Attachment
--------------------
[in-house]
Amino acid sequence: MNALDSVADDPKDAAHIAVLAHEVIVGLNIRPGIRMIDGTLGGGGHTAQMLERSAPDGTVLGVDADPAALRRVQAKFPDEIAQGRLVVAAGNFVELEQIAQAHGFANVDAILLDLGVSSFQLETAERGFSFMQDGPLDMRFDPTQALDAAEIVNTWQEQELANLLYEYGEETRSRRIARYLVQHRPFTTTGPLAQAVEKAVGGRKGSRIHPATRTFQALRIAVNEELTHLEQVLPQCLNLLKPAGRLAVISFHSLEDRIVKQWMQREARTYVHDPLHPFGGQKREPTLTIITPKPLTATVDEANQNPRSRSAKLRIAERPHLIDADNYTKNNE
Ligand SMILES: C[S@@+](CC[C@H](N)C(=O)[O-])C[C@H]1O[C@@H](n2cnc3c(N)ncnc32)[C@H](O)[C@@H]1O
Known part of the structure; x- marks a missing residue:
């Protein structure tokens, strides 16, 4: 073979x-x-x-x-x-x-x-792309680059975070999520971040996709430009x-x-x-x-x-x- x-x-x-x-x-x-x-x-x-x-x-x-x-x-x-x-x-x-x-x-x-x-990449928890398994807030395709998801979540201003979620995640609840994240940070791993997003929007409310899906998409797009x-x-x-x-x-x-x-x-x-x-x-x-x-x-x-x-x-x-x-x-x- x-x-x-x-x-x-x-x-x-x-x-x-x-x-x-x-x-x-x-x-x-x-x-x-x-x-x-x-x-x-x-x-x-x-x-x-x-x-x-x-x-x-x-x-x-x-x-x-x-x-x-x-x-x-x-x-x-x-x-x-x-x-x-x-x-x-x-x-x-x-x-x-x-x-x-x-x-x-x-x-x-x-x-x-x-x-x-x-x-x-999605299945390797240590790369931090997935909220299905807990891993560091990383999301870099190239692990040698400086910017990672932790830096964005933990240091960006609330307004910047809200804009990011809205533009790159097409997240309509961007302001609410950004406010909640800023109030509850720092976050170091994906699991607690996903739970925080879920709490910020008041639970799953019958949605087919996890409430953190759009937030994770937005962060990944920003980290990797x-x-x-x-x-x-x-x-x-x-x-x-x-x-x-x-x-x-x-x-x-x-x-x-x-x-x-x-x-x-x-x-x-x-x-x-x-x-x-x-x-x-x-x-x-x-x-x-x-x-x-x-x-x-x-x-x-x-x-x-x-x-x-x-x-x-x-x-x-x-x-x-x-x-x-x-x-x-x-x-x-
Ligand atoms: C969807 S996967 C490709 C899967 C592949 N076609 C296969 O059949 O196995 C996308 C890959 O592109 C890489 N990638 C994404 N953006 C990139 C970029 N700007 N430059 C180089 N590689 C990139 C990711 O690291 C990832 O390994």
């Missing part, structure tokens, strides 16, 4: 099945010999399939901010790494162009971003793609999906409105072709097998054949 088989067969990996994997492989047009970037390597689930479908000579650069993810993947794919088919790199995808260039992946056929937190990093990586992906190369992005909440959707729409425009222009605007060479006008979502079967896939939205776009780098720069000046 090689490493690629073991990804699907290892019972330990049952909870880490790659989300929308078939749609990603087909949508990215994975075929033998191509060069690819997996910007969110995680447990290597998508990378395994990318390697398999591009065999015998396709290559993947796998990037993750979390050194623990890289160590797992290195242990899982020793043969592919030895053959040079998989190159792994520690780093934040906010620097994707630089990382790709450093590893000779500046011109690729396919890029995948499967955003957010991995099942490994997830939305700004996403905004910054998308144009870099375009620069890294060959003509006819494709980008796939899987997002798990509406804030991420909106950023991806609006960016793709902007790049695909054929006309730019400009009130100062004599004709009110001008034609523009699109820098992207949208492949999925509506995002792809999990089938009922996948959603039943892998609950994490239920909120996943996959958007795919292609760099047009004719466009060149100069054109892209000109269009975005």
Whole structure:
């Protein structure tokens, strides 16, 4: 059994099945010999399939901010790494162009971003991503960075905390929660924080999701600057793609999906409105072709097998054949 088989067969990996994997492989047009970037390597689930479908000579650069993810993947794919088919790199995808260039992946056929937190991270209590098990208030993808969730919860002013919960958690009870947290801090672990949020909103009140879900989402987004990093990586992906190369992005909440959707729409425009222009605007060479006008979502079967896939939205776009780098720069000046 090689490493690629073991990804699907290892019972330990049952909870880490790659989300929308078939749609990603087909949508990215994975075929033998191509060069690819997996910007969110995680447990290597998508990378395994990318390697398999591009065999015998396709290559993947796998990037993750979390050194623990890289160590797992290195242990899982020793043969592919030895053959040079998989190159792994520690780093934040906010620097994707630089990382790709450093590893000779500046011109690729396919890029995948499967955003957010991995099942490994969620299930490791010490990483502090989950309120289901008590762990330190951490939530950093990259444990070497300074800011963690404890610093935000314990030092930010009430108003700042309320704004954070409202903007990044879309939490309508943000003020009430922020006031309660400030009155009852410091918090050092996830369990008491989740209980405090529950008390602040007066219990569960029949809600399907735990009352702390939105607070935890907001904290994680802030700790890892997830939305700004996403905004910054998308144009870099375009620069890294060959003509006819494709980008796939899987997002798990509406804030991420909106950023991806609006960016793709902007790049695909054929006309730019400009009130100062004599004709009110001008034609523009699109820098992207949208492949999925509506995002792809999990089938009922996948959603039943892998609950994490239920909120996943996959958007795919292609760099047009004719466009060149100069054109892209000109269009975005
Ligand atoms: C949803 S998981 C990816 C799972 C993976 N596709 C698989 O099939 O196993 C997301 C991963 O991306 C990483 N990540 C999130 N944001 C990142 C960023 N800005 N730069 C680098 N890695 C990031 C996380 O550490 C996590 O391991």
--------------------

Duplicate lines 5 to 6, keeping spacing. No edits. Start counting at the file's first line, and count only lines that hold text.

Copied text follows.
């Protein structure tokens, strides 16, 4: 073979x-x-x-x-x-x-x-792309680059975070999520971040996709430009x-x-x-x-x-x- x-x-x-x-x-x-x-x-x-x-x-x-x-x-x-x-x-x-x-x-x-x-990449928890398994807030395709998801979540201003979620995640609840994240940070791993997003929007409310899906998409797009x-x-x-x-x-x-x-x-x-x-x-x-x-x-x-x-x-x-x-x-x- x-x-x-x-x-x-x-x-x-x-x-x-x-x-x-x-x-x-x-x-x-x-x-x-x-x-x-x-x-x-x-x-x-x-x-x-x-x-x-x-x-x-x-x-x-x-x-x-x-x-x-x-x-x-x-x-x-x-x-x-x-x-x-x-x-x-x-x-x-x-x-x-x-x-x-x-x-x-x-x-x-x-x-x-x-x-x-x-x-x-999605299945390797240590790369931090997935909220299905807990891993560091990383999301870099190239692990040698400086910017990672932790830096964005933990240091960006609330307004910047809200804009990011809205533009790159097409997240309509961007302001609410950004406010909640800023109030509850720092976050170091994906699991607690996903739970925080879920709490910020008041639970799953019958949605087919996890409430953190759009937030994770937005962060990944920003980290990797x-x-x-x-x-x-x-x-x-x-x-x-x-x-x-x-x-x-x-x-x-x-x-x-x-x-x-x-x-x-x-x-x-x-x-x-x-x-x-x-x-x-x-x-x-x-x-x-x-x-x-x-x-x-x-x-x-x-x-x-x-x-x-x-x-x-x-x-x-x-x-x-x-x-x-x-x-x-x-x-x-
Ligand atoms: C969807 S996967 C490709 C899967 C592949 N076609 C296969 O059949 O196995 C996308 C890959 O592109 C890489 N990638 C994404 N953006 C990139 C970029 N700007 N430059 C180089 N590689 C990139 C990711 O690291 C990832 O390994």